On Sunday, we’re running a brief excerpt from this article by Michael MacCambridge, author of “America’s Game: The Epic Story of How Pro Football Captured a Nation.” Here’s the entire article for our online readers. You’ll be well-armed with some Super Bowl trivia on game day.
By Michael MacCambridge/Special to The Washington Post
“If Jesus Christ were alive today,” minister Norman Vincent Peale said in 1974, “he’d be at the Super Bowl.”
The comment was audacious then, but it seems almost self-evident now. Pro football is perhaps the last of the great mass entertainments in America, and the Super Bowl has become the embodiment of our nation: big, convivial, gaudy, passionate and, surely, self-important. This is the weekend when Americans hold the fewest weddings and the most parties. And like a lot of quintessential American institutions, the game inspires numerous myths.
MYTH 1: The game wasn’t called the “Super Bowl” until 1969.
When the established National Football League merged with the upstart American Football League in June 1966, football fans finally got their wish – a showdown was planned between the two league champions, billed as the AFL-NFL World Championship Game. Later that summer, AFL founder Lamar Hunt sent a memo to NFL Commissioner Pete Rozelle suggesting that the merged leagues should coin a phrase for the new game. “I have kiddingly called it the Super Bowl,” Hunt wrote, “which obviously can be improved upon.”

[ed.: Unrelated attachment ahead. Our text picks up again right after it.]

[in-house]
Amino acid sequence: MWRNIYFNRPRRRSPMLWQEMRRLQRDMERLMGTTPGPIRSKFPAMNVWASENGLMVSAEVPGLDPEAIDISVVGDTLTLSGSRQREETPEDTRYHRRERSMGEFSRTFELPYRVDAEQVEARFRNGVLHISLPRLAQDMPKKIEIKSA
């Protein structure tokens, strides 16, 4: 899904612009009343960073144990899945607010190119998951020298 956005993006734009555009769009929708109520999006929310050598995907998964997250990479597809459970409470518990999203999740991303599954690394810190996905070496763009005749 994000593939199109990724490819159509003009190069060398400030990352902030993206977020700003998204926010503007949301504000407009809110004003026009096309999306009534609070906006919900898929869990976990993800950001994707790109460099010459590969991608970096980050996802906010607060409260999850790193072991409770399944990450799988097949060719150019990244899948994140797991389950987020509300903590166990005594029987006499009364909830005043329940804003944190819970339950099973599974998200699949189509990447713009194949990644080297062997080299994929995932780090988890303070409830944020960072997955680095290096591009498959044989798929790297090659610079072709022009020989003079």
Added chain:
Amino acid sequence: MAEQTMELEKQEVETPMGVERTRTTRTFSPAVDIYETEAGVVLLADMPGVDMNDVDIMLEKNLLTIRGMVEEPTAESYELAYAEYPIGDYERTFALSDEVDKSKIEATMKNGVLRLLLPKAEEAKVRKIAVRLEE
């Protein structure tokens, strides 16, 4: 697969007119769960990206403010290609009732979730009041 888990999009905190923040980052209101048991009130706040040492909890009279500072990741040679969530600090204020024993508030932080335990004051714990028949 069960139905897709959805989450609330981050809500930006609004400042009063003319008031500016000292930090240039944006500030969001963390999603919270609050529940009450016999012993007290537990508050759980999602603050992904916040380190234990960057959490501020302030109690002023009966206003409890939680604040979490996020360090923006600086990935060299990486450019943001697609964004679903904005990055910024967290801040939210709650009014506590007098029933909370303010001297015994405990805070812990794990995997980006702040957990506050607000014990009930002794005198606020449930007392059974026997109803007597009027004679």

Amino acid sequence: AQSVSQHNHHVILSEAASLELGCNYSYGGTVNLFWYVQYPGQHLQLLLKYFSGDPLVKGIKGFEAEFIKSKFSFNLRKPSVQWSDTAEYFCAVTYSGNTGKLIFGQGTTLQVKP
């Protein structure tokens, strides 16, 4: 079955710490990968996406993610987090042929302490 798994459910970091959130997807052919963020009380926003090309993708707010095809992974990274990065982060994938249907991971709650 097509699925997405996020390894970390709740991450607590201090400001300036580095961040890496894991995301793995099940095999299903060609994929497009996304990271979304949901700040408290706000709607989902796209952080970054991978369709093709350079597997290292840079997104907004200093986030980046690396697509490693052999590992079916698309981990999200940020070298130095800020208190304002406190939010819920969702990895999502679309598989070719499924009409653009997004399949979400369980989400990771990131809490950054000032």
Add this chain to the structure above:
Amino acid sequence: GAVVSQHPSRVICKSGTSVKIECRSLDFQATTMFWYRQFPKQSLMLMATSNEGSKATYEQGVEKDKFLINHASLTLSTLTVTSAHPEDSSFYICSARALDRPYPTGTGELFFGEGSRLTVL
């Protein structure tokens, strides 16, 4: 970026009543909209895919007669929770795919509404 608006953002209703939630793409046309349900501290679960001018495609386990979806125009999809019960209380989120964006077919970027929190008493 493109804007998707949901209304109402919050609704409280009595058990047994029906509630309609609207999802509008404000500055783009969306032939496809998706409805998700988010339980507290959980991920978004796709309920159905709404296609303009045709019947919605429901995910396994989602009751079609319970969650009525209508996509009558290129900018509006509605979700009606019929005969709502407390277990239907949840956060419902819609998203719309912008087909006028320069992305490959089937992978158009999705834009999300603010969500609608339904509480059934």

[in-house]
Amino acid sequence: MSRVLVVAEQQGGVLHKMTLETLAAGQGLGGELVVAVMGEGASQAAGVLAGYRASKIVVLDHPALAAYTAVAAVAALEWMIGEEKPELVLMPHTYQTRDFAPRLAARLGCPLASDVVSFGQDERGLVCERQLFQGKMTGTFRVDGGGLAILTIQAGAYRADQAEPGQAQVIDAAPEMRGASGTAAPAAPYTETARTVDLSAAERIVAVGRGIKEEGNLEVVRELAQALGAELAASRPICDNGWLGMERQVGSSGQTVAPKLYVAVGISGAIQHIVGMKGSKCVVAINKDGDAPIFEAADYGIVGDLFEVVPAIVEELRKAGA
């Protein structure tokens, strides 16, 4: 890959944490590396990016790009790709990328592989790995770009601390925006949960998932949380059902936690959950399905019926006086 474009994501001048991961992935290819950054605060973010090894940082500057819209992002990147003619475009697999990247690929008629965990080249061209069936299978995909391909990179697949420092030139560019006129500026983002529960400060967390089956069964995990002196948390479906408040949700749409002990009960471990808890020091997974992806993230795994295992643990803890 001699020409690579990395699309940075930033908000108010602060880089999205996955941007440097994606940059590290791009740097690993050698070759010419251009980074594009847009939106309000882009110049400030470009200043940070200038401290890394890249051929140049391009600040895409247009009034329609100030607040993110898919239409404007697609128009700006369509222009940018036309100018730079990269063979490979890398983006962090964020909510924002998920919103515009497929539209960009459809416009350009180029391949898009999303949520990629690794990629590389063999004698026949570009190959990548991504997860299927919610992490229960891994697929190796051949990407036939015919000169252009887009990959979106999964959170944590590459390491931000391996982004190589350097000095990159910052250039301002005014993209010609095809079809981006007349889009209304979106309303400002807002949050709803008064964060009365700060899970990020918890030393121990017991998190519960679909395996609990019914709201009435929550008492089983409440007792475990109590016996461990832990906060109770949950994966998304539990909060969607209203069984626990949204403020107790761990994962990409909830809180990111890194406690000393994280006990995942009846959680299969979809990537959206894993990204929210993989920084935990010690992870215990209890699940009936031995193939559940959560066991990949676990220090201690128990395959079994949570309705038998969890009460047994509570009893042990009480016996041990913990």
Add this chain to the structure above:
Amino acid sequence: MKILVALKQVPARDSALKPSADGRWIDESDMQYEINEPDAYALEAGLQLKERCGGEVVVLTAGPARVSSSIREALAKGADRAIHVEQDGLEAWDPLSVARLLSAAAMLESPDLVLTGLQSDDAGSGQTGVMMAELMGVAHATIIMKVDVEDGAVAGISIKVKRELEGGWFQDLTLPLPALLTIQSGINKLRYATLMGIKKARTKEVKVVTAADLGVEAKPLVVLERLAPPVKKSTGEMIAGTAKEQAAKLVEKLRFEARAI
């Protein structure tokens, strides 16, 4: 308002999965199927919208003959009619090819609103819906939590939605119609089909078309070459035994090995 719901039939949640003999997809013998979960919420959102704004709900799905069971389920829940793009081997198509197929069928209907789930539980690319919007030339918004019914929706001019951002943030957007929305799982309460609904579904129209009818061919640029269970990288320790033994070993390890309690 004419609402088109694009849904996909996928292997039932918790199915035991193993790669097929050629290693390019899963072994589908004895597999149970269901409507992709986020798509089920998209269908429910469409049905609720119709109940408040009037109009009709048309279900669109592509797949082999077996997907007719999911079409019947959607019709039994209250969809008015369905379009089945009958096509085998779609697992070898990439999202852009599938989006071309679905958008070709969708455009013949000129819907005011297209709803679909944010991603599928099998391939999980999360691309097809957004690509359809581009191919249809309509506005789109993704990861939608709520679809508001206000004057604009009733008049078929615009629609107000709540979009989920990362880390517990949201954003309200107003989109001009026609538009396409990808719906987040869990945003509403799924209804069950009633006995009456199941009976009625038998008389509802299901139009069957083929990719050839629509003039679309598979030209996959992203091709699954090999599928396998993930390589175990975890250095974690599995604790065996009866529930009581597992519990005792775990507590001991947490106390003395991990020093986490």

Rozelle, with his background in journalism and PR, never cared for the name, deeming it unsophisticated. But even before the first game was played, Hunt’s title swept through the football, news media and advertising worlds. By the end of 1966, network executives were referring to the day of the first game as “Super Sunday.”
After Hunt’s Kansas City Chiefs defeated the Buffalo Bills in the AFL Championship Game, the next day’s Kansas City Star headline declared that the Chiefs were “Super Bowl Bound.” In Los Angeles, on the morning of Jan. 15, 1967, an NFL Films crew member could be heard giving a sound cue – “Super Bowl, reel one” – before shooting the first pregame footage at the Los Angeles Coliseum.
The league held out for a few years before Rozelle conceded. “Super Bowl” first appeared on the program cover of the third game and on the tickets of the fourth game. Few fans noticed; they’d been calling it the Super Bowl since the first one was played.
Click on more for four more Super Bowl myths. Read more »